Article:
Husam Salah Sameen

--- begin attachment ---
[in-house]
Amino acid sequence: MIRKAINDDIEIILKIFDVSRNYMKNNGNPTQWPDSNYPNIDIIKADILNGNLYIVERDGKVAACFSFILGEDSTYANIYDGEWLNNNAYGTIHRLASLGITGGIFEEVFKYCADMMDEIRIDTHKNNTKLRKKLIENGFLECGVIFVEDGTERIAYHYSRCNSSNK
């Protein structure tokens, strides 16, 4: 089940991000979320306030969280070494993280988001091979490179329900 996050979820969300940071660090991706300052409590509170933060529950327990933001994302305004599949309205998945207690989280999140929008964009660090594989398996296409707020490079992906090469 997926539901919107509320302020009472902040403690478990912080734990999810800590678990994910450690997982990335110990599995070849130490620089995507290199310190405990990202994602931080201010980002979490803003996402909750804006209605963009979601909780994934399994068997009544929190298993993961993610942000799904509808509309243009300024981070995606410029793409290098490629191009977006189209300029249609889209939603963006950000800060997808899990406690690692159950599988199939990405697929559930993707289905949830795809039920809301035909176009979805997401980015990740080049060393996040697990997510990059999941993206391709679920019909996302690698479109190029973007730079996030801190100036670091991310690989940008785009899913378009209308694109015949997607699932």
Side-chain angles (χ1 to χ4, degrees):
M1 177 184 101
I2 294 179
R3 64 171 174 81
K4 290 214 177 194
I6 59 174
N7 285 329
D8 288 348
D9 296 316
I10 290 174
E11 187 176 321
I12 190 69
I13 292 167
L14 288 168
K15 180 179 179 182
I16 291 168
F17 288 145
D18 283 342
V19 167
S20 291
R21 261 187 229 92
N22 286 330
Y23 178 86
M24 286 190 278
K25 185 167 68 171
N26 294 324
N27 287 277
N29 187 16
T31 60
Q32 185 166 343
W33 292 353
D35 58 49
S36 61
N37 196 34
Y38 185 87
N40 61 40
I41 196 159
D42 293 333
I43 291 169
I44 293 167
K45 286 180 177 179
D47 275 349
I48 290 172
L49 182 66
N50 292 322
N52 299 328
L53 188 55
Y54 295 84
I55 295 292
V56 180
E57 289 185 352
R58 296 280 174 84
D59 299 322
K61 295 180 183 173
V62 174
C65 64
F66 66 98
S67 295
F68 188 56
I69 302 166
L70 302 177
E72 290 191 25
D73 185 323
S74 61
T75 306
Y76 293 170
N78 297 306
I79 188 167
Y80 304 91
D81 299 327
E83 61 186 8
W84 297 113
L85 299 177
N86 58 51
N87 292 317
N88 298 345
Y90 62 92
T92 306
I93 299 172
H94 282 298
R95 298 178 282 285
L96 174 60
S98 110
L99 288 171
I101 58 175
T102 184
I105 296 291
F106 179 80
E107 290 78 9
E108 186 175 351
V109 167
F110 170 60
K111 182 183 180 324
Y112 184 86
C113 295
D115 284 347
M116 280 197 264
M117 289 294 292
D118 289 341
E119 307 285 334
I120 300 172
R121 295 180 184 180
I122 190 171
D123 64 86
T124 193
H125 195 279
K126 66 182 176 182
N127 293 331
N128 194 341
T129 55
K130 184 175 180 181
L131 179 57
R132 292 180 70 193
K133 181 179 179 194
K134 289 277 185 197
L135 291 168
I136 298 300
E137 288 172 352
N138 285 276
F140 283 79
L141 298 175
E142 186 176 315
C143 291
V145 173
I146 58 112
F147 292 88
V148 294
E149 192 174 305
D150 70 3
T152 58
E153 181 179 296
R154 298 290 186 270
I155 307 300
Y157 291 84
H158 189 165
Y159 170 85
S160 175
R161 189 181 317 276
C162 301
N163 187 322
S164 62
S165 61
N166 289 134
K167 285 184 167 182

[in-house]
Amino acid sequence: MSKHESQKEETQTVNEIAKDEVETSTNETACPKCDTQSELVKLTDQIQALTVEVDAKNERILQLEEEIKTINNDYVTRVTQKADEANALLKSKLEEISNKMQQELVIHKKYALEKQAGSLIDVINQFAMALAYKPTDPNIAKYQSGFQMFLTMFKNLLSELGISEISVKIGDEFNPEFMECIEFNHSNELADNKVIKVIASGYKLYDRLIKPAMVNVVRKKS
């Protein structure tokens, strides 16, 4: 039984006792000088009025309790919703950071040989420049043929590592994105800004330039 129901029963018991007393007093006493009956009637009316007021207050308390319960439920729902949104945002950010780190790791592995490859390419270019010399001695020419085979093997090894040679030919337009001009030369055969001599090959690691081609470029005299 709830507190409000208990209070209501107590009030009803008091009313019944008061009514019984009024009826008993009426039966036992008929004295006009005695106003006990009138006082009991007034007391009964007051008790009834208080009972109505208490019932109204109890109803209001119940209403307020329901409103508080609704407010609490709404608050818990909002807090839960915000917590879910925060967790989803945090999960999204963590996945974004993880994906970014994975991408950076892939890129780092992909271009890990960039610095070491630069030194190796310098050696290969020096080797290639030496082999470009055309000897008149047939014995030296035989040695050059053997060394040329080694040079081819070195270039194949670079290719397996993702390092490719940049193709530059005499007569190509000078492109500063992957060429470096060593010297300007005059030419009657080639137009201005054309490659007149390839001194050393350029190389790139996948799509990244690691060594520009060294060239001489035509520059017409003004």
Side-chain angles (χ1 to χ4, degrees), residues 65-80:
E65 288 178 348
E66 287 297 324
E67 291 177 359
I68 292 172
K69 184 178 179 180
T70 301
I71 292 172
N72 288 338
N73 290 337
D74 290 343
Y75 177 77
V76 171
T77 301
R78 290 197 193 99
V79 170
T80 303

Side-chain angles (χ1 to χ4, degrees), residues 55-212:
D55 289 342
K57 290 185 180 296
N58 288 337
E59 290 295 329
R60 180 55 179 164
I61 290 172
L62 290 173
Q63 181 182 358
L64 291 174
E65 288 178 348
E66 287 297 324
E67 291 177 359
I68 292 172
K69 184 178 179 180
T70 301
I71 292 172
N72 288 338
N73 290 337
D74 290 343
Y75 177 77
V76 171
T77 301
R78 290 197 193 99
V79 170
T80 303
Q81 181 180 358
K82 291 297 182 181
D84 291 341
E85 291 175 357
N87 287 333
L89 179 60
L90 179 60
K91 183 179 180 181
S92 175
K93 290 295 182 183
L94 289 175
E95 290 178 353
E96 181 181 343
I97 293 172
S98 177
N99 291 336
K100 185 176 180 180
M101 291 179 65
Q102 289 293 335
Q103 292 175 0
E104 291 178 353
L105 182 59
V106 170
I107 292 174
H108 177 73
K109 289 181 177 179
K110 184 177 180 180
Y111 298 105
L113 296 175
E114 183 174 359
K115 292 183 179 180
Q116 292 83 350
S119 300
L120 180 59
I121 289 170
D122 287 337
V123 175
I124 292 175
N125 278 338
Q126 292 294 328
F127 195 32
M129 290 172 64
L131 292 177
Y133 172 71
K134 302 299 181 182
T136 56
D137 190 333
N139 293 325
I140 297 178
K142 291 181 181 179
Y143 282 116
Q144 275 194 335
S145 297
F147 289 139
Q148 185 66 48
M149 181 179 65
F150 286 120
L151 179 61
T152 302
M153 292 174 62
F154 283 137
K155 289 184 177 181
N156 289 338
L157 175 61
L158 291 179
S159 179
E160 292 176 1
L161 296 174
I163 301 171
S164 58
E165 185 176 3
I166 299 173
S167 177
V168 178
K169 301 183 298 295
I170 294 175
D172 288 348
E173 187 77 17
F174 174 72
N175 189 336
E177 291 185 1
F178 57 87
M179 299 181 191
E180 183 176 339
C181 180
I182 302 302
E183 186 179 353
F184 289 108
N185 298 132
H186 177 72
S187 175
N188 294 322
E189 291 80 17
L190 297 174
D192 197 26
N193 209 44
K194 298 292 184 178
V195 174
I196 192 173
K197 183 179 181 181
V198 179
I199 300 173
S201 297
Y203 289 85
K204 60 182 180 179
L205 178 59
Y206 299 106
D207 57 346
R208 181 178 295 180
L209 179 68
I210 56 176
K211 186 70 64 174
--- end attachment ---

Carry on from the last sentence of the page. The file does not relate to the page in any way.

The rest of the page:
The emerging area of behavioural finance proposes several interesting insights related to human economic behaviour, albeit contradicting the tenets of traditional economics. The traditional view holds economic agents to be rational and maximising under given constraints and also believe markets to be self-adjusting and efficient. On the other hand the behavioural economist contends otherwise, letting human beings normal (or rather irrational) while building economic models and explaining their economic and financial behaviour. The purpose of this study is to comprehensively study behavioural factors to identify, integrate and propose a framework and to study the role of several behavioural biases on investment performance. In this study most important human behavioural biases relevant to financial decision making are identified. The behavioural factors influencing investors’ decision making are grouped in four broad categories: prospect, heuristics, herding and personality. Within the first factor, prospect, there are three sub dimensions: loss aversion, regret aversion, mental accounting. Second factor heuristics is also conceived as having three dimensions which include representativeness, overconfidence, anchoring. Third factors herding is conceived as one-dimensional. Last factor which is personality has five distinct types (Openness, Conscientiousness, Extroversion, Agreeableness, and Neuroticism) and each act as a moderator in the relationship between independent variables the dependent variables.